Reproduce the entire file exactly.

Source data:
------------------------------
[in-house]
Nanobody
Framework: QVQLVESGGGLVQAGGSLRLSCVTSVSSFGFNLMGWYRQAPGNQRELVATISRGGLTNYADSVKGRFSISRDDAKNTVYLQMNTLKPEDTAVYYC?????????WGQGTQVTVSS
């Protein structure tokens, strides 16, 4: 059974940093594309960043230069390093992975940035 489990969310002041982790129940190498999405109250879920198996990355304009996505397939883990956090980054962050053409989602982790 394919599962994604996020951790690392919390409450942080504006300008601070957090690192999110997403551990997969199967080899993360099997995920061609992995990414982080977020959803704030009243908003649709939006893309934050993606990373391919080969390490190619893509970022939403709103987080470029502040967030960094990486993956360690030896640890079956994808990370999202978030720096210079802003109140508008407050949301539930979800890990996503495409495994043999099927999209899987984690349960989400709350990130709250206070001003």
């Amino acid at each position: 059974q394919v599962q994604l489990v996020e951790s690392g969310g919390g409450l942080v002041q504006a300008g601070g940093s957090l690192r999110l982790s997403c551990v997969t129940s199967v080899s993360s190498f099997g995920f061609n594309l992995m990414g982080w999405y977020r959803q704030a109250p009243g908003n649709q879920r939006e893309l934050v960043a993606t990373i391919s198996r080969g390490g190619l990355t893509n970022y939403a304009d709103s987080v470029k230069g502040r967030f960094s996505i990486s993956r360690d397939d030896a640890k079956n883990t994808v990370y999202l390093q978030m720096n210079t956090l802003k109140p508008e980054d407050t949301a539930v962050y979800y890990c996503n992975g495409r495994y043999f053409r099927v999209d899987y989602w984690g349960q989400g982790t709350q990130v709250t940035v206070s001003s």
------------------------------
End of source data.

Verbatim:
[in-house]
Nanobody
Framework: QVQLVESGGGLVQAGGSLRLSCVTSVSSFGFNLMGWYRQAPGNQRELVATISRGGLTNYADSVKGRFSISRDDAKNTVYLQMNTLKPEDTAVYYC?????????WGQGTQVTVSS
């Protein structure tokens, strides 16, 4: 059974940093594309960043230069390093992975940035 489990969310002041982790129940190498999405109250879920198996990355304009996505397939883990956090980054962050053409989602982790 394919599962994604996020951790690392919390409450942080504006300008601070957090690192999110997403551990997969199967080899993360099997995920061609992995990414982080977020959803704030009243908003649709939006893309934050993606990373391919080969390490190619893509970022939403709103987080470029502040967030960094990486993956360690030896640890079956994808990370999202978030720096210079802003109140508008407050949301539930979800890990996503495409495994043999099927999209899987984690349960989400709350990130709250206070001003």
């Amino acid at each position: 059974q394919v599962q994604l489990v996020e951790s690392g969310g919390g409450l942080v002041q504006a300008g601070g940093s957090l690192r999110l982790s997403c551990v997969t129940s199967v080899s993360s190498f099997g995920f061609n594309l992995m990414g982080w999405y977020r959803q704030a109250p009243g908003n649709q879920r939006e893309l934050v960043a993606t990373i391919s198996r080969g390490g190619l990355t893509n970022y939403a304009d709103s987080v470029k230069g502040r967030f960094s996505i990486s993956r360690d397939d030896a640890k079956n883990t994808v990370y999202l390093q978030m720096n210079t956090l802003k109140p508008e980054d407050t949301a539930v962050y979800y890990c996503n992975g495409r495994y043999f053409r099927v999209d899987y989602w984690g349960q989400g982790t709350q990130v709250t940035v206070s001003s």